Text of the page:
StreetDeck parklet with steel panels and 'Busy' chairs.
The term ‘Parklet’ is generally attributed to San Francisco where it was first used to describe the process of converting one or more street parking spaces on urban streets into a small public ‘park’ or enclosed seating area. Since that time, numerous cities have adopted alternative names including People Spots, Street Seats, Streateries, Pocket Parks, Street Patio and Spark.
Parklets are primarily intended as assets for the entire community by introducing new streetscape features such as plantings, bicycle parking and additional outdoor street seating for nearby shops. They are generally not intended to be associated with a specific retail outlet, even if they may be located directly outside such outlets, but are meant to be available for use by any and all passing pedestrians. Nevertheless, studies have shown they typically result in increased pedestrian activity and additional sales at nearby businesses by breaking the flow of foot traffic and giving passersby a reason to stop, socialize and relax. Naturally, they work best in shopping strips with active pedestrian traffic and which feature a mix of retail outlets.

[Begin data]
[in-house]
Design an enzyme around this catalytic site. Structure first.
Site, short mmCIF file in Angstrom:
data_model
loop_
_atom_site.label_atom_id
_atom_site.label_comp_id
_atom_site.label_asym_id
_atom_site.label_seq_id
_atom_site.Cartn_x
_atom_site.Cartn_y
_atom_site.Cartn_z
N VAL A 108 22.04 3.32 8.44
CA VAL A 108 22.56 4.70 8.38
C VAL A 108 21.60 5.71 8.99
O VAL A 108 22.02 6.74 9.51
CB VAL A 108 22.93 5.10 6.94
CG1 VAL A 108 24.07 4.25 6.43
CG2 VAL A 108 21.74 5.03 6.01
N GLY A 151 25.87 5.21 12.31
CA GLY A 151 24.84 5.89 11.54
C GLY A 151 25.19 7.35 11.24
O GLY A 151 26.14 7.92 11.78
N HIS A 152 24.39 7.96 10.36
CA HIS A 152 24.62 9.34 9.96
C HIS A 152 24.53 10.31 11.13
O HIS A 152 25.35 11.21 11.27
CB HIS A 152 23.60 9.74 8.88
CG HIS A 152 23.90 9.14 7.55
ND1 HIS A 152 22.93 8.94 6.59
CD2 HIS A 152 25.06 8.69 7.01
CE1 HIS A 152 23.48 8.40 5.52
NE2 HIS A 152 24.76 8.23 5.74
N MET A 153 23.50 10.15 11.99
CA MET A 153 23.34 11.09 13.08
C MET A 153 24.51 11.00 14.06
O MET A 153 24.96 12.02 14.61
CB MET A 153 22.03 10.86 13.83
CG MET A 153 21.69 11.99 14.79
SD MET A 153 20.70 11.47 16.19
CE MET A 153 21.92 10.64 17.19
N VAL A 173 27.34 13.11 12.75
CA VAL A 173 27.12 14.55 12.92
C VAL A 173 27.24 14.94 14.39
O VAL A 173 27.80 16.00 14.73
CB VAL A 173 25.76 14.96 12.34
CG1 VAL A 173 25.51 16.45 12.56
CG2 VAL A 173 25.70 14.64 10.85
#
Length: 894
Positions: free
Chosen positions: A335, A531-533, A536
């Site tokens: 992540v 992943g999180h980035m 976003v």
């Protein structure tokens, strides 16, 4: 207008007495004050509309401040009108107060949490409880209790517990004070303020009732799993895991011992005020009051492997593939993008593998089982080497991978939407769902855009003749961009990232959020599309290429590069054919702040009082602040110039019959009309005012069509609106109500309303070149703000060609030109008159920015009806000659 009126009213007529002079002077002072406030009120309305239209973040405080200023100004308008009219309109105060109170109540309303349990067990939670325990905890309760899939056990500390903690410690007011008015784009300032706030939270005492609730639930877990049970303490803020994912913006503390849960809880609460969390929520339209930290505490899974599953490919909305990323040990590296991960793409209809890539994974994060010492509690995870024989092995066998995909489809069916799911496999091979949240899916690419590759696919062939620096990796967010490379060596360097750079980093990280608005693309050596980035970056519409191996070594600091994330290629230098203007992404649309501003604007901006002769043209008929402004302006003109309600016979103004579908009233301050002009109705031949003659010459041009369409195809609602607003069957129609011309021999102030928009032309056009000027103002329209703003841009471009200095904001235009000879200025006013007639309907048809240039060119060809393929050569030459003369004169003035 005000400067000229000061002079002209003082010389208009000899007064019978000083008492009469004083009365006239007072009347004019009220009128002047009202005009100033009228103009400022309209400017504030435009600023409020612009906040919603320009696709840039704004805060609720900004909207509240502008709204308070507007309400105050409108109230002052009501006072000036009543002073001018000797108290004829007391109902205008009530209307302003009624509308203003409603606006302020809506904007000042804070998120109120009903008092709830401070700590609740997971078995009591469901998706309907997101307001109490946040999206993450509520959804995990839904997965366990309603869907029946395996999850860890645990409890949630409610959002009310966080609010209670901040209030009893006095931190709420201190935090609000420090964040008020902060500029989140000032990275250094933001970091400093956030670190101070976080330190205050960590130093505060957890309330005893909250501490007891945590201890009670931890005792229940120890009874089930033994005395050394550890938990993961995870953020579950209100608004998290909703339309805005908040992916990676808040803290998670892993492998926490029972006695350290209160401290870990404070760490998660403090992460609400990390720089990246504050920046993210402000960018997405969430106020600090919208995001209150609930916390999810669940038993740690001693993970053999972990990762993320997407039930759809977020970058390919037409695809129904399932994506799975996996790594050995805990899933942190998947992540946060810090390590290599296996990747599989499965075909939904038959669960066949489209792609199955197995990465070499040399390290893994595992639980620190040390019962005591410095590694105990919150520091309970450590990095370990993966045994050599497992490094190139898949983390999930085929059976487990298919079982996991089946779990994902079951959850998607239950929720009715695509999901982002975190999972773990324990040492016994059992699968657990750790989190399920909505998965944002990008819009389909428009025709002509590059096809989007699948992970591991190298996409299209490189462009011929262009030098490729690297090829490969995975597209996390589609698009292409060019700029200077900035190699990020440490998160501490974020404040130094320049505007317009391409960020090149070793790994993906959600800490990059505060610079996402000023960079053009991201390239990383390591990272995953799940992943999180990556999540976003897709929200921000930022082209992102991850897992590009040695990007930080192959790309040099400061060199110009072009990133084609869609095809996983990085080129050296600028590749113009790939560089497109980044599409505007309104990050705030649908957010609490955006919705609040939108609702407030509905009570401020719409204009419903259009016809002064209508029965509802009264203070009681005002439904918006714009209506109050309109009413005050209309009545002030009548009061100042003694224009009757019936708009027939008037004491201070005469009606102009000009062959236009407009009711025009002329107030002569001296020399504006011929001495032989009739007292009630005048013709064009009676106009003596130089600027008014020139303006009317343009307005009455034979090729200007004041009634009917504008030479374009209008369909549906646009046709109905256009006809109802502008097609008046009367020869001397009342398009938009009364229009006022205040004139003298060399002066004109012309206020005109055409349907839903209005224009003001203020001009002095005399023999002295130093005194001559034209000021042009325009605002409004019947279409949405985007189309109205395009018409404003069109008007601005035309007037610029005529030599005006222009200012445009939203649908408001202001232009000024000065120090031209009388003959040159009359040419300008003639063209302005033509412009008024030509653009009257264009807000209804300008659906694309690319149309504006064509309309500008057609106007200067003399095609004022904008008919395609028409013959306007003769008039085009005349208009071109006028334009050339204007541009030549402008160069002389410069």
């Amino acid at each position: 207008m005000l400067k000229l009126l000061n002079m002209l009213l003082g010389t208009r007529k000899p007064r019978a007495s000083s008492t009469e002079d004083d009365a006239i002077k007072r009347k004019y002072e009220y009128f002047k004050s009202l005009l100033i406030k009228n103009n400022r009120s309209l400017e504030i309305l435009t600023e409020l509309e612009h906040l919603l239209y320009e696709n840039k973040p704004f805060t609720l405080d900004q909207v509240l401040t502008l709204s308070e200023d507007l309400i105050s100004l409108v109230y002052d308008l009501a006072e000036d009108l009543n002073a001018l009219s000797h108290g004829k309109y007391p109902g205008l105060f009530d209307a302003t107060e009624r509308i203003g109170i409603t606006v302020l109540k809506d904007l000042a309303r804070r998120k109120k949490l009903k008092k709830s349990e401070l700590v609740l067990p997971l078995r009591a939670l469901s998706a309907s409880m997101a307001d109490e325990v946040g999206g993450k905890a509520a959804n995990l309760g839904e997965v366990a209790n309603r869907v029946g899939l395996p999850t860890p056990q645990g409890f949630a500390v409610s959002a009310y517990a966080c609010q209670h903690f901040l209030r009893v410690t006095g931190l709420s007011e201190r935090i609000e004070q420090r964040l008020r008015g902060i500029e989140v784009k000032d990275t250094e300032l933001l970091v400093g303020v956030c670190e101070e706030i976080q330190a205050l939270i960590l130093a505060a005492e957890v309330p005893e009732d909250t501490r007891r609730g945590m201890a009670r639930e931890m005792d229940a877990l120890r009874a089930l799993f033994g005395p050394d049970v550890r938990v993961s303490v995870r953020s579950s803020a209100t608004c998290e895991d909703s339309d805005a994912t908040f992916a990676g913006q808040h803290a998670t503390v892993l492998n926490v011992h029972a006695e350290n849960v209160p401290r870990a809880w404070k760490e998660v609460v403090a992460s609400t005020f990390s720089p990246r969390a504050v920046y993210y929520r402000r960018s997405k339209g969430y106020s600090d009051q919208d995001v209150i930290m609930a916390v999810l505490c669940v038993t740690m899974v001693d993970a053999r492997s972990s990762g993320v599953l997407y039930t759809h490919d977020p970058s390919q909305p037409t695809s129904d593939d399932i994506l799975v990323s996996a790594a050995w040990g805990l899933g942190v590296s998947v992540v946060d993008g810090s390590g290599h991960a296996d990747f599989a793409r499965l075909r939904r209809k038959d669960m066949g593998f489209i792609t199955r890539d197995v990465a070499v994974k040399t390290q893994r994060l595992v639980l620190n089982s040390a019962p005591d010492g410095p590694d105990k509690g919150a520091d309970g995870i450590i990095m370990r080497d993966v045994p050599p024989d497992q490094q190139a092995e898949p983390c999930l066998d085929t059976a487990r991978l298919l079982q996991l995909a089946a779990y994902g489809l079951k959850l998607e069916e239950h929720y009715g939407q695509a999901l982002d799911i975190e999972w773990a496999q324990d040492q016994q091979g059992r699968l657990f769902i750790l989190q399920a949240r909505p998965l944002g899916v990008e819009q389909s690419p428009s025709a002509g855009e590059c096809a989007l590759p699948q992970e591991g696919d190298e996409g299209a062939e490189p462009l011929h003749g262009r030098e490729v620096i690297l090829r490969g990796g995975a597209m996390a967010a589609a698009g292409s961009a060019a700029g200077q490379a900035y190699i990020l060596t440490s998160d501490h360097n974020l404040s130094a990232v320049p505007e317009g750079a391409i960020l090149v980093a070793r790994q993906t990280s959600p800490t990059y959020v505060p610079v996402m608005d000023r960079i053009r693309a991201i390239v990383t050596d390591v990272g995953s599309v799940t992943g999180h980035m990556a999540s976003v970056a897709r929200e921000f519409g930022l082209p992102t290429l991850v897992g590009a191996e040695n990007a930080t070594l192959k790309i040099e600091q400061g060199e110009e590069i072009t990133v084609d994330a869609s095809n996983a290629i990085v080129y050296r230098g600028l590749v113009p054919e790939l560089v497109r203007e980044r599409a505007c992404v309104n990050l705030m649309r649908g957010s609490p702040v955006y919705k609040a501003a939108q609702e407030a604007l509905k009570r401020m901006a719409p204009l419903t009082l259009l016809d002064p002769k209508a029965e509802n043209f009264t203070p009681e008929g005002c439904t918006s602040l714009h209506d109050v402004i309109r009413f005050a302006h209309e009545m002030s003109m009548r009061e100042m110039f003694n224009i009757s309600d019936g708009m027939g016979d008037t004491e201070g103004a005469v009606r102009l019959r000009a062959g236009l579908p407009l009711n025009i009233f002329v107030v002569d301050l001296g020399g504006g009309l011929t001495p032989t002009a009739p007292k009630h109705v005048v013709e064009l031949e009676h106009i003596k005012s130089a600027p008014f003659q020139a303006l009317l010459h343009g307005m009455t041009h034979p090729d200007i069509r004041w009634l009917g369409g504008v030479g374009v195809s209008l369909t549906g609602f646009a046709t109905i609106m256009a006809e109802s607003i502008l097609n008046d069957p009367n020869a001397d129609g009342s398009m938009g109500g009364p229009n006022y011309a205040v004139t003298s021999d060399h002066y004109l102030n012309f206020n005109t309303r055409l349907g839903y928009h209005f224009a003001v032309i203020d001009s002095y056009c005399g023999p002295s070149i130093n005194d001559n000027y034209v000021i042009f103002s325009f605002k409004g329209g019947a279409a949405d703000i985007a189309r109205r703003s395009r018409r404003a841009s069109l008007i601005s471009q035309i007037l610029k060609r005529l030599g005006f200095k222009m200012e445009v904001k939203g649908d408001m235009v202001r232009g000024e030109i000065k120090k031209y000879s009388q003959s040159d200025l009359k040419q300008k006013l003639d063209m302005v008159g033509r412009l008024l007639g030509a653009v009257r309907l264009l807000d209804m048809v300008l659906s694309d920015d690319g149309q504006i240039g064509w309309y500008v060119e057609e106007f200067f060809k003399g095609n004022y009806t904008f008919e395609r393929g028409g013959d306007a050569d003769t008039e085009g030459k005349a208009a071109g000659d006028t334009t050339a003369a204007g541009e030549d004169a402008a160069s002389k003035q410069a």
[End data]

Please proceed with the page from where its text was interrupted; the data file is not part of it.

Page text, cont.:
The best designed parklets take into consideration amenities that would benefit the immediate surroundings, such as tables and chairs, bench seating, lighting, planters, and landscaping. Solar phone charging stations, which can be incorporated into seating, tables or umbrellas, can also be a very effective means of increasing patronage. Bicycle racks can also be included in the parklet design as well.
StreetDeck parklet with laser cut panels and 'Busy' chairs.
Establishing a local parklet normally begins as a proposal by an individual or group who commits to the process and expense of gaining community support for their vision, applying for a permit, designing the parklet, submitting proposals and all required documentation to the relevant authorities, organizing the installation and taking responsibility for ongoing maintenance.
All parklets must comply with local regulations and design criteria for street seating which put user safety and functionality at the forefront. They are limited to where they can be positioned in relation to bus stops, utilities and street corners, are required to have a perimeter of a specific height while still providing vistas across the street and end buffer zones to safely separate the seating area from vehicle traffic. They must possess all required permits, meet ADA requirements, maintain roadway drainage, allow for access to any below-ground utilities, be properly insured, possess a maintenance plan and enhance the vibrancy of the area with seating and landscaping.
Parklets can be an outstanding addition to any neighborhood. Archatrak is committed to making more parklets and street seating a reality by offering a more affordable, modular, easy to build and disassemble, self-contained deck structure. Our ‘StreetDeck’ modular decks are specifically designed around the concept of Parklets complete with integrated planters, benches and railings. While StreetDeck is available as a ready to assemble kit, it can also serve as the basis for totally customizable designs, by using just the self-contained platform and adding planters, railings, furniture etc. from other suppliers.